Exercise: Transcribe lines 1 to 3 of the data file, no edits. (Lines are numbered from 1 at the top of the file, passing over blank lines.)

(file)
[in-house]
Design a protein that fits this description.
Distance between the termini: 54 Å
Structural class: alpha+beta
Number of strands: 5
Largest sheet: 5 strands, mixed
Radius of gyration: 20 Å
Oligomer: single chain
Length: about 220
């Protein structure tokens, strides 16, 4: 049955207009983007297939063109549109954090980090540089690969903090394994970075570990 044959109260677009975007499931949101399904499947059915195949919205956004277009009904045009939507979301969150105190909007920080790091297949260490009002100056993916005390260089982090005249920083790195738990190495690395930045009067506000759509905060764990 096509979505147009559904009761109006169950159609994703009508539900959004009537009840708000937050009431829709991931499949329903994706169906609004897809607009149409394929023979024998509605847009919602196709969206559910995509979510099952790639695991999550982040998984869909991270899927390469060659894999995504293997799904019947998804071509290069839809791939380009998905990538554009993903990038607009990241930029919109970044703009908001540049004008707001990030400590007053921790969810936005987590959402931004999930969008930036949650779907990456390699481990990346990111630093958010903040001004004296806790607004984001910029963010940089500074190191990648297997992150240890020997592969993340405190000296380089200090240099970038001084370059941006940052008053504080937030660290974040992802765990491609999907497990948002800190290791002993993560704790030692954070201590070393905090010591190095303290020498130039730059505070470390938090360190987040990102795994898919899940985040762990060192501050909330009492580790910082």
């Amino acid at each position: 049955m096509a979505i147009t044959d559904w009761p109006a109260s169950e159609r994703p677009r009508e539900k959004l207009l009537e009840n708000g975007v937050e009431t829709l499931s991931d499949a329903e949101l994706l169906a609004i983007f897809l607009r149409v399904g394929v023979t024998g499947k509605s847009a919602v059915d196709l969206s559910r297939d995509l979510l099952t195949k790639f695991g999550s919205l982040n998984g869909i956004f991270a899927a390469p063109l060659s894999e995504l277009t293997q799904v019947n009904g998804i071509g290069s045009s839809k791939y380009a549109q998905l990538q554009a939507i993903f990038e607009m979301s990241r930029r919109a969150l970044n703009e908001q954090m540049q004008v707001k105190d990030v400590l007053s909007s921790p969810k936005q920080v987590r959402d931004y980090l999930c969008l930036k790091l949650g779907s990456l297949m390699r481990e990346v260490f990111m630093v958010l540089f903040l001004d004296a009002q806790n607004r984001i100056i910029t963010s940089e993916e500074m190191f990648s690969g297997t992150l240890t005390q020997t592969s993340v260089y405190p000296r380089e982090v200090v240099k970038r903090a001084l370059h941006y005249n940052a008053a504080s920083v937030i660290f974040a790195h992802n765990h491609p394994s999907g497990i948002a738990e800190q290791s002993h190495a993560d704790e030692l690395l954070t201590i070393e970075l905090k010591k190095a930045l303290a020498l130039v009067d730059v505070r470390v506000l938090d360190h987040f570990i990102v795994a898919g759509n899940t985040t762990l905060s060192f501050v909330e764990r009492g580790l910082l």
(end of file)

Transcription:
[in-house]
Design a protein that fits this description.
Distance between the termini: 54 Å